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Patents Completed.

6th June 1912, Page 26
6th June 1912
Page 26
Page 26, 6th June 1912 — Patents Completed.
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Which of the following most accurately describes the problem?

A Simplified Sparking Plug.

Mackenzie (Champion Ignition Co., U.S.A.).—No. 16,437, dated 17th July, 1911.—This specification describes a sparking-plug which is said to be simple, cheap and efficient. The ordinary metal bushing with a tapered, screw-threaded and is provided with an axial bore which is enlarged at the upper end. A porcelain insulator is provided with a ridge forming two shoulders which lie within the enlarged boring. It is held in place by a screwed collar which forms a gastight joint with the upper shoulder by anemia of thin internal flanges formed by cutting a circumferential slot in the lower edge. These flanges are weak enough to be deformed and fit closely on all parts of the porcelain shoulder. A similar gastight joint is formed at the lower shoul tier on a soft metal ring.

Valveless Two-stroke Engine.

Johnson, Hurley and Martin, Ltd.. G. Johnson and H. Cantrill.—No. 15,298. elated 30th June, 1911.—This invention relates to engines of _the type using crankcase compression, and has for its object the provision of good scavenging. A water-jacketed cylinder is provided with a water-jacketed cylinder-head projecting considerably into the cylinder.

he piston has secured on its upper side a long sleeve, which projects into the narrow space between the cylinder and cylinder-head. An inlet port is provided (on the left-hand side) so as to be uncovered by the piston at the top of its

stroke, when the mixture enters the crank chamber. The exhaust port on the right-hand side is on a level with the inner end of the cylinder-head, and is controlled by a port in the sleeve fixed on the piston. A transfer passage is formed, in the cylinder wall at the righthand side near the crankcase, to convey the compressed mixture from the crankchamber to the combustion space when the cylinder is at the bottom of its stroke. The presence of the sleeve in the combustion space reduces the volume swept out by the piston on that side, and, consequently, a high rate of delivery of the compressed charge is ensured. This enters at the bottom of the cylinder, and the exhaust takes place at the top, and it is claimed by the inventor that good scavenging is by this means obtained.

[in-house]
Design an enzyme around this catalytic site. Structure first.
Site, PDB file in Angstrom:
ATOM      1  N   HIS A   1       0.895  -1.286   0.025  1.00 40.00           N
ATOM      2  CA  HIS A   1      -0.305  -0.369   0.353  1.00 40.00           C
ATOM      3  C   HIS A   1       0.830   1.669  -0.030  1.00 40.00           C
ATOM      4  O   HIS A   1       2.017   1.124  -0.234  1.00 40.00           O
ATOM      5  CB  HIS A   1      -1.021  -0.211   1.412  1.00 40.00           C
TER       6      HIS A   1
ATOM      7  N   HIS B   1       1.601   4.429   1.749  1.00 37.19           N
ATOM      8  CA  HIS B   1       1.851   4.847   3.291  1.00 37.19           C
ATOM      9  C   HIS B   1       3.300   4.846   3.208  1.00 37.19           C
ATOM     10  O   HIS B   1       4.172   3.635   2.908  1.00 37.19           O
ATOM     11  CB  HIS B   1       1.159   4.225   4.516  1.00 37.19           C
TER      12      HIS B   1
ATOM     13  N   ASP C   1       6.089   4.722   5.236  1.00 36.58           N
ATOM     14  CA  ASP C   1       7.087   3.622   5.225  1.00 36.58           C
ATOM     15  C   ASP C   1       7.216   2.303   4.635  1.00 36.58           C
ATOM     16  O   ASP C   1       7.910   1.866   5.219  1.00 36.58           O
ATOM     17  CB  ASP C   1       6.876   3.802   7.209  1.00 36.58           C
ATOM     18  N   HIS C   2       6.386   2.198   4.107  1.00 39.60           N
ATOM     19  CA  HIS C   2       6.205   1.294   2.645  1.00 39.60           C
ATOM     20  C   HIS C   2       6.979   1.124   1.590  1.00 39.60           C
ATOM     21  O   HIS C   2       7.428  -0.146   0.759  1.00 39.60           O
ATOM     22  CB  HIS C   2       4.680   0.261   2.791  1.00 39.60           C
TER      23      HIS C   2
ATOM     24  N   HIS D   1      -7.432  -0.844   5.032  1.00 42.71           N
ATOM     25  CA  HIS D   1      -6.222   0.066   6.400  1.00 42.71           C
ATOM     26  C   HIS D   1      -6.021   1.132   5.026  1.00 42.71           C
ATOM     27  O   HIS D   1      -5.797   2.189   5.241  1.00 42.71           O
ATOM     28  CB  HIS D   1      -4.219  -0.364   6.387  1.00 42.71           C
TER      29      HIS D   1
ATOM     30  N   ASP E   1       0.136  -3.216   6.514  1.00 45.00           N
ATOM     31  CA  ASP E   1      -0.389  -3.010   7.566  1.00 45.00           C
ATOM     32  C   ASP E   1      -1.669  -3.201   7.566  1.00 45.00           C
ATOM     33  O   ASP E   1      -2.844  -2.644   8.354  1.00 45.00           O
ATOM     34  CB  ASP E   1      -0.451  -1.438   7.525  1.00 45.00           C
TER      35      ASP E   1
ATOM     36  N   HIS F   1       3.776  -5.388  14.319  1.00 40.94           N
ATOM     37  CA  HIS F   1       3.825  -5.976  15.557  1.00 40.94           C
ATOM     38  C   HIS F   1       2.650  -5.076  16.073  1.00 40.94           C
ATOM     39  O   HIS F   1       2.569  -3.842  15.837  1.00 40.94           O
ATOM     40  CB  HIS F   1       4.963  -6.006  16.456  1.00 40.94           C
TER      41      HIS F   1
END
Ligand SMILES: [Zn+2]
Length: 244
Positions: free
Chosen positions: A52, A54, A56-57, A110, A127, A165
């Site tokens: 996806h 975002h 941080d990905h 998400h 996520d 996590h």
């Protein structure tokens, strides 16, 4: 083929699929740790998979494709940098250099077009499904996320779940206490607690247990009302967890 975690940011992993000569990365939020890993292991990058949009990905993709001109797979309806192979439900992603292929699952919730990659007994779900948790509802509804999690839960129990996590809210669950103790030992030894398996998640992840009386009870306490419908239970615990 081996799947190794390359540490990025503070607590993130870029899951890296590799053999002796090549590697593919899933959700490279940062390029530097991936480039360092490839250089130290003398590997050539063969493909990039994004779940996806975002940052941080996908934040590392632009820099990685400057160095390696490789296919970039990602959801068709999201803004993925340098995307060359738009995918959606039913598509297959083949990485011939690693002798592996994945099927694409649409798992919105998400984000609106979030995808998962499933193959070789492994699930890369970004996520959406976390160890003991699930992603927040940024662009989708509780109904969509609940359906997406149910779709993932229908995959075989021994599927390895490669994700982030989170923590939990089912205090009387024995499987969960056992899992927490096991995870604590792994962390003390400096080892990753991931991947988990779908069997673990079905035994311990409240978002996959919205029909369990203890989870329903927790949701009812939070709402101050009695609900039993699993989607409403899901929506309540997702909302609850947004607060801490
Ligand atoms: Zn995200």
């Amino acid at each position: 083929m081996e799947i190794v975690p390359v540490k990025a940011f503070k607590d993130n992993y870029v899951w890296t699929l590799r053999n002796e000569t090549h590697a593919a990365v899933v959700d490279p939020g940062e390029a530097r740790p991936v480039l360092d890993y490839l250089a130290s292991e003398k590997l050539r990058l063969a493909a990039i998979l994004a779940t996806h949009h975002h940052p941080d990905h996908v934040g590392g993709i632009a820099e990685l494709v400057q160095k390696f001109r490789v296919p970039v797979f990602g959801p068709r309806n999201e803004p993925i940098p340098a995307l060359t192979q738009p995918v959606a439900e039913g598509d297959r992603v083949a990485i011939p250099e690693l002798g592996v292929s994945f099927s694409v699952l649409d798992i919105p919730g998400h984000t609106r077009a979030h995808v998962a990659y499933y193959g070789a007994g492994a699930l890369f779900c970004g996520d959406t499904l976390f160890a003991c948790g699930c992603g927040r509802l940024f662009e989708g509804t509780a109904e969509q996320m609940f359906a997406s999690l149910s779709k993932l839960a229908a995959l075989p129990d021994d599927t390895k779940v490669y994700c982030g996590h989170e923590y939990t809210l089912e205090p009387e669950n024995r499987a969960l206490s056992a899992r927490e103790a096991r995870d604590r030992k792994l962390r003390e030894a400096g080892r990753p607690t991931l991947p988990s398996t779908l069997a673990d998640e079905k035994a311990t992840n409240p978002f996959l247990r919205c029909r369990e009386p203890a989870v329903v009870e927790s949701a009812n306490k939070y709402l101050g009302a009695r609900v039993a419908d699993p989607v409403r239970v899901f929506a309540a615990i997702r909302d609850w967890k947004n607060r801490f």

Starting on the Spark.

Robert Bosch, Ltd., No. 21,169, 44 1911, dated under International Convention 8th November, 1910.—Patent of Addition to No. 13,691 of 1910.—This specification describes a modificatien of the apparatus shown in Patent No.

13,691 of 1910, and modified in Patent No. 20,623 of 1911, for starting a multicylinder internal-combustion engine by the aid of a trembler which is in parallel with the pasitively controlled interrupter. In the arrangements hitherto used, if the interrupter were closed, separate sparks were obtained as the push-button was pressed and released, and if it were opened these movements had no effect, but a further depression of the button actuated the trembler. which could only operate with the interrupter open, and so was thus directly controlled by the latter. In the nresent modification the engine is invariably started lw means of the trembler whether the interrupter is open or clesed. To accomplish this, the trembler-contact is comnleted before the flat spring provided with the double eon. tacts has left its enenzement with the miner contact. of the inte.rrupteer circuit. hut the trembler can only operate when the interrupter is in the closed position durine the short interval of time when the flat amine is moving between the upper and lower contacts of the interrupter circuit. It is thereby ensured that the trembler is only (elevated durine time less then thet taken by the engine to complete its first stroke.

A Tire Renovator.

L. Scaglia.—No. 25,360/1911, dated under International Convention, 15th November, 1910.—This non-skid protecting device comprises a band of

leather or other flexible material extending over the tread portion of the tire and provided with a series of studs to give a good grip on the road. The band is held in place by a series of flexible metal straps, which are secured to each side of the band and engage the tire-holding rim. The straps are each formed of metal in two portions hinged together, one portion being secured by two rivets, the other being hooked to engage the rim.

The Latest Albion Clutch.

The Albion Motor Car Co., Ltd., and T. B. Murray.—No. 18,837, dated 22nd August, 1911.—This specification describes a plate-clutch wherein a single plate carried on the driven shaft on the right is gripped between two plates driven by the driving shaft on the left. A series of projections are formed inside the shell of the flywheel to engage a flat annular plate on the left, and a disc on the right. The annular plate is provided with axial projections at its outside edge extending towards the right, and engaging the end of a lever pivoted on the cover plate fast on the flywheel. The other driving plate has a sloulder formed on it near the middle to engage the other end of the same lever. The clutch is disengaged by moving the outer or disc plate axially to the right, thereby disengaging it from the central or driven plate, and causine it to tilt the lever, and

thereby force the annular plate also out of engagement with the driven plate. Springs are provided to retain the plates in normal engagement.


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